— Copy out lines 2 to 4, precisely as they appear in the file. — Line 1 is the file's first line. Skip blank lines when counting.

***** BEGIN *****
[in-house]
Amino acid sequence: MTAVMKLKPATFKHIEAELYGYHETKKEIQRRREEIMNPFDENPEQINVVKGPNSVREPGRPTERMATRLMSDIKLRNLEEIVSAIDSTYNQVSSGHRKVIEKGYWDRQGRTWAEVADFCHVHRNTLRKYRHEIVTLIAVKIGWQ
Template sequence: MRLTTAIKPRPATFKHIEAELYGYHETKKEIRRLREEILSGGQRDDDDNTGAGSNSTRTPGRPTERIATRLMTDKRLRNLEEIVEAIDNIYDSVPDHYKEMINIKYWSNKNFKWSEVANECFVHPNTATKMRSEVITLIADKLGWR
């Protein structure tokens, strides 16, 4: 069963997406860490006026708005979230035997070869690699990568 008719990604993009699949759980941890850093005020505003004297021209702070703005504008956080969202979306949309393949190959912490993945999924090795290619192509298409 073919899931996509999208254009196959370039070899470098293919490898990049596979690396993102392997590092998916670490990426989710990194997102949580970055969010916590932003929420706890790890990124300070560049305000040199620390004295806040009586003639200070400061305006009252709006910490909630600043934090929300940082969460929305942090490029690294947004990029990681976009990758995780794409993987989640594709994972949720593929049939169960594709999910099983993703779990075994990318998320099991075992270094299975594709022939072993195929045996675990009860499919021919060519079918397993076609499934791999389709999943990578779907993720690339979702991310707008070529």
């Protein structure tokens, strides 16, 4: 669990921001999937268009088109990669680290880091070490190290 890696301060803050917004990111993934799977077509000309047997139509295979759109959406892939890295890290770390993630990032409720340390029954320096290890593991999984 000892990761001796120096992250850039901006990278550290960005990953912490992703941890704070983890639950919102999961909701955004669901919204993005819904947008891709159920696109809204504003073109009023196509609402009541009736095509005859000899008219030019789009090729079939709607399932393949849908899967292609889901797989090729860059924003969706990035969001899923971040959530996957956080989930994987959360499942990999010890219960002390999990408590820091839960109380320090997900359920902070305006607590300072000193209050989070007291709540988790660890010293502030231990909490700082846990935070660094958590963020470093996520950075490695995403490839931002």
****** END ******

Amino acid sequence: MTAVMKLKPATFKHIEAELYGYHETKKEIQRRREEIMNPFDENPEQINVVKGPNSVREPGRPTERMATRLMSDIKLRNLEEIVSAIDSTYNQVSSGHRKVIEKGYWDRQGRTWAEVADFCHVHRNTLRKYRHEIVTLIAVKIGWQ
Template sequence: MRLTTAIKPRPATFKHIEAELYGYHETKKEIRRLREEILSGGQRDDDDNTGAGSNSTRTPGRPTERIATRLMTDKRLRNLEEIVEAIDNIYDSVPDHYKEMINIKYWSNKNFKWSEVANECFVHPNTATKMRSEVITLIADKLGWR
């Protein structure tokens, strides 16, 4: 069963997406860490006026708005979230035997070869690699990568 008719990604993009699949759980941890850093005020505003004297021209702070703005504008956080969202979306949309393949190959912490993945999924090795290619192509298409 073919899931996509999208254009196959370039070899470098293919490898990049596979690396993102392997590092998916670490990426989710990194997102949580970055969010916590932003929420706890790890990124300070560049305000040199620390004295806040009586003639200070400061305006009252709006910490909630600043934090929300940082969460929305942090490029690294947004990029990681976009990758995780794409993987989640594709994972949720593929049939169960594709999910099983993703779990075994990318998320099991075992270094299975594709022939072993195929045996675990009860499919021919060519079918397993076609499934791999389709999943990578779907993720690339979702991310707008070529």